Ironically, there won’t be an acoustic guitar at tonight’s Acoustic Cafe Evening Tour. Carrie Rodriguez will sport an electric mandolin, a violin, and perhaps even whip out her fiddle to showcase her tremendous fiddling skills. Erin McKeown will play an electric guitar. While the show is too structured to be a jam session, it will include the two women interacting with each other and improvising. They’ll each have a few solos, then play together.
This is the second year the pair have toured with Acoustic Cafe. Last year, they traveled through the Upper Midwest. They’re looking forward to this year’s Southern experience, and McKeown, who has never visited the Ogden Museum, is excited that the museum is hosting the show. Acoustic Cafe, a syndicated radio show, sponsors the tour. McKeown has done a session with them for most of her records. Rodriguez and McKeown visit radio shows affiliated with Acoustic Cafe throughout the day, then play their own shows at night.
When speaking about her tour partner, McKeown’s voice softens. “She’s just so good on her instrument,” McKeown says. “There are musicians who are writers but not players. I take a lot of time to practice my playing so I can be as expressive with that as I am with my writing. Carrie is the same way. When we get together, we get to surprise each other and react and interact.”
McKeown, a Brown University graduate, is well-spoken. She pauses and thinks carefully. When asked about a recent blog post she wrote about New Orleans’ young squatter problem, she says, “I don’t have a New Orleans understanding of a lot of communities. I only have my observations. Those observations are filtered through the lens of my own experience.” The post is considerably more strongly-worded than the quiet, thoughtful woman on the phone.
McKeown’s passion for New Orleans issues goes beyond her blog posts. Her relationship with the city is multi-faceted. She is an activist who is an Air Traffic Control alumna, local musicians have inspired her own musical taste and work, and she frequently visits friends here and continues to make it a vacation destination.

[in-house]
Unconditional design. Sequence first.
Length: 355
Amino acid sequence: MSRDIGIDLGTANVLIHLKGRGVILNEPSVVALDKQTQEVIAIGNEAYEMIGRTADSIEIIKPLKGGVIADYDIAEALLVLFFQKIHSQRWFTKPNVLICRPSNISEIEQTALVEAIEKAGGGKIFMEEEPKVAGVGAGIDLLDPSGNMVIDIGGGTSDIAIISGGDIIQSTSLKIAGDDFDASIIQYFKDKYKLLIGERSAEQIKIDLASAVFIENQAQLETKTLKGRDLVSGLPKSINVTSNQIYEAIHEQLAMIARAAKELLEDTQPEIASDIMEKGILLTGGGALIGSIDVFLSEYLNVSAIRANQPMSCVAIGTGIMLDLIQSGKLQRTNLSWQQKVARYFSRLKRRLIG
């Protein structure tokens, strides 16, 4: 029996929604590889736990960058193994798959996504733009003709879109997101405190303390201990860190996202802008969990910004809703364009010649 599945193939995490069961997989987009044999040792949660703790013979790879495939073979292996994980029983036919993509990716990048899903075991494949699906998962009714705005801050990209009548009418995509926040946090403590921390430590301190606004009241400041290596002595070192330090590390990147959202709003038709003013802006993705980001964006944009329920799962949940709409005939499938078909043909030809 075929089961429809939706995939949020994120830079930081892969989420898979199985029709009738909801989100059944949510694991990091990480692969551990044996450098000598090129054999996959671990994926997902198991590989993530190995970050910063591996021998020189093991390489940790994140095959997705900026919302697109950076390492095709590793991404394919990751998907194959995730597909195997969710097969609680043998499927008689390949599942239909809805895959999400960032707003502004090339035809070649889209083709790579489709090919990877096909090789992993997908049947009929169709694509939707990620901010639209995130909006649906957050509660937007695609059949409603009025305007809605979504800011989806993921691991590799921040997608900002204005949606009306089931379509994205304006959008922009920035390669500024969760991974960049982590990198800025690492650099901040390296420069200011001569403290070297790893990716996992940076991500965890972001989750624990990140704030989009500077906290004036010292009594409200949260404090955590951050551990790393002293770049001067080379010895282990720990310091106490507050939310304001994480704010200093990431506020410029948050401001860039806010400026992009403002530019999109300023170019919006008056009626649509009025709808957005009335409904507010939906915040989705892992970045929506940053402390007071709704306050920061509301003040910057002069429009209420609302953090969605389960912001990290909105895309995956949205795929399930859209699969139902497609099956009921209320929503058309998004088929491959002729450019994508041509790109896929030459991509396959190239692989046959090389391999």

“I was immediately influenced by New Orleans before I ever went there,” McKeown says, reflecting on her attraction to jazz, blues and American roots. She views New Orleans as the grand intersection of jazz, blues and American roots, which are the genres most to her personal taste. She also acknowledges the importance of bounce to the hip-hop world.
At a deeper musical level, McKeown says, “Music is such a large part of people’s lives from a young age [in New Orleans]. That kind of relationship with your instrument is something I admire and want to cultivate for myself as well.”
Like all Air Traffic Control alumni, McKeown says that the musicians’ retreat was life-altering. The organization, which brings musicians together on a retreat to learn about and discuss activism, showed McKeown an extreme example of the effect that systemic poverty, environmental disaster and other damaging long-term issues can have on a population.
“It wasn’t about being a disaster tourist. It transformed the way I thought about the liveability factor,” she says. “It was like check this out and talk to each other about it. What are you going to do?”
ATC retreats culminate with each attendee playing with a New Orleans house band, which was Bonerama on McKeown’s trip. She recorded “Blackbirds,” one of the stand-outs on ATC’s Dear New Orleans album, released last August to commemorate Katrina’s fifth anniversary. McKeown loved the way she and Bonerama played together and has jammed with them since her ATC experience. McKeown describes playing with Bonerama as a catharsis, a word she frequently applies to music.
“This is ironic to say as a singer-songwriter, but what I find therapeutic about music is its inarticulateness, its lack of symbolic language,” she says. She recently released what she calls her most intimate album, Hundreds of Lions. “There are some things you can say with music that you can’t say any other way.”
The show is tonight, February 18, at 8 p.m. in the Patrick F. Taylor Library at the Ogden Museum of Southern Art. Tickets are $25 for general admission and $50 for VIP, which includes preferred seating and a meet and greet/reception with the musicians after the performance. Advance tickets are available until 5 p.m.